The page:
The first smartphone manufacturer to include robust neuromorphic hardware in their flagship product could see one or both of two gains: new apps developed only for those phones to take advantage of their ability to run certain algorithms for longer periods of time, and, better battery life regardless. If Apple wants to reclaim its edge in cool tech and make its suite of lifestyle apps uniquely useful once again, that might be a good way to go about it.
Classical computers will be useful forever — or at least, until quantum computers come around. Neuromorphic machines have many of the same inherent limitations as brains; their very plasticity and adaptability make them less well-suited to purely mechanistic operations like math, than a normal computer. There’s a reason we invented computers in the first place.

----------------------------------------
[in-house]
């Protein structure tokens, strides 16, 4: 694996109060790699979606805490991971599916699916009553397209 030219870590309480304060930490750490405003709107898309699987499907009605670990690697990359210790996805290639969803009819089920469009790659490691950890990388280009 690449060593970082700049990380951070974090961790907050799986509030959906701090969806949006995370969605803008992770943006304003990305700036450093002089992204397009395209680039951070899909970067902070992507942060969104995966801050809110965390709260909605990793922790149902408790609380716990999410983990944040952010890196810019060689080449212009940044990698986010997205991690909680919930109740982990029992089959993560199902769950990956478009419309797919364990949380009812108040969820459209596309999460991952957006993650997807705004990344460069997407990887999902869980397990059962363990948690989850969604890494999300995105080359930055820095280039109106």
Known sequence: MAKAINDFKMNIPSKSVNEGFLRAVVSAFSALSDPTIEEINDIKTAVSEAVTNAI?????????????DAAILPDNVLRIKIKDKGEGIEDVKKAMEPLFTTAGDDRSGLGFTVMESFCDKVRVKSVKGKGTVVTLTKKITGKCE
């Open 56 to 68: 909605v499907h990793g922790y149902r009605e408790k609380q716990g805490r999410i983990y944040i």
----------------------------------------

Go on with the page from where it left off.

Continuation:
But even if/when quantum computers do become a reality, there will still be a place for this technology. Even with the mind-boggling speed they could provide, they would never realistically achieve the versatility of a neuromorphic computer in terms of its size and its power efficiency. If the Mars 2020 Rover is ever to use a single solar panel to power unsupervised machine learning algorithms and come to autonomously understand an alien world, it will likely have to do so at least partly with an artificial brain.
Most people wonder what “the” future of computing is going to be. The reality is, there’s almost certainly going to be more than one.